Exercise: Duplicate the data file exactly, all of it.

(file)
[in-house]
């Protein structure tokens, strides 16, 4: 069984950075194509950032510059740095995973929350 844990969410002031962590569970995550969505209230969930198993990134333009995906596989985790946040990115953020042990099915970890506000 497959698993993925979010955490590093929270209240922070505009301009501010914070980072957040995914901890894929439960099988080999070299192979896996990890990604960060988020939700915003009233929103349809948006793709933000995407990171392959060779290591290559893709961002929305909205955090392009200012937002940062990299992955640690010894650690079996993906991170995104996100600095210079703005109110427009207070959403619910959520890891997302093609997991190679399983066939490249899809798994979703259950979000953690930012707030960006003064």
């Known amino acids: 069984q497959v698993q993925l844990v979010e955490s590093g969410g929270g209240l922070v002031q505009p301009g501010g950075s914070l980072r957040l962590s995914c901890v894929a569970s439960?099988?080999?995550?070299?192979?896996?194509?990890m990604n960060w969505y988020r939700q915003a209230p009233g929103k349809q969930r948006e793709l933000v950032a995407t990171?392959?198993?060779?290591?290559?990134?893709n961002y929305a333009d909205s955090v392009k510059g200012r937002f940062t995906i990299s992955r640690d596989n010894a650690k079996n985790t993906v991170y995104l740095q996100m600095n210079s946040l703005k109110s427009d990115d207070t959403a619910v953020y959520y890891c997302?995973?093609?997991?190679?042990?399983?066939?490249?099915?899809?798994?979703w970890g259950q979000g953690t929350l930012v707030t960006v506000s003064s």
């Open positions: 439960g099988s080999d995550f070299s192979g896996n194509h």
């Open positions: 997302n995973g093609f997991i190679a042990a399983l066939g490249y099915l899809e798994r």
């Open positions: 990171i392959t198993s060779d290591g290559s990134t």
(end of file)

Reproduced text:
[in-house]
């Protein structure tokens, strides 16, 4: 069984950075194509950032510059740095995973929350 844990969410002031962590569970995550969505209230969930198993990134333009995906596989985790946040990115953020042990099915970890506000 497959698993993925979010955490590093929270209240922070505009301009501010914070980072957040995914901890894929439960099988080999070299192979896996990890990604960060988020939700915003009233929103349809948006793709933000995407990171392959060779290591290559893709961002929305909205955090392009200012937002940062990299992955640690010894650690079996993906991170995104996100600095210079703005109110427009207070959403619910959520890891997302093609997991190679399983066939490249899809798994979703259950979000953690930012707030960006003064």
């Known amino acids: 069984q497959v698993q993925l844990v979010e955490s590093g969410g929270g209240l922070v002031q505009p301009g501010g950075s914070l980072r957040l962590s995914c901890v894929a569970s439960?099988?080999?995550?070299?192979?896996?194509?990890m990604n960060w969505y988020r939700q915003a209230p009233g929103k349809q969930r948006e793709l933000v950032a995407t990171?392959?198993?060779?290591?290559?990134?893709n961002y929305a333009d909205s955090v392009k510059g200012r937002f940062t995906i990299s992955r640690d596989n010894a650690k079996n985790t993906v991170y995104l740095q996100m600095n210079s946040l703005k109110s427009d990115d207070t959403a619910v953020y959520y890891c997302?995973?093609?997991?190679?042990?399983?066939?490249?099915?899809?798994?979703w970890g259950q979000g953690t929350l930012v707030t960006v506000s003064s």
């Open positions: 439960g099988s080999d995550f070299s192979g896996n194509h």
């Open positions: 997302n995973g093609f997991i190679a042990a399983l066939g490249y099915l899809e798994r």
């Open positions: 990171i392959t198993s060779d290591g290559s990134t």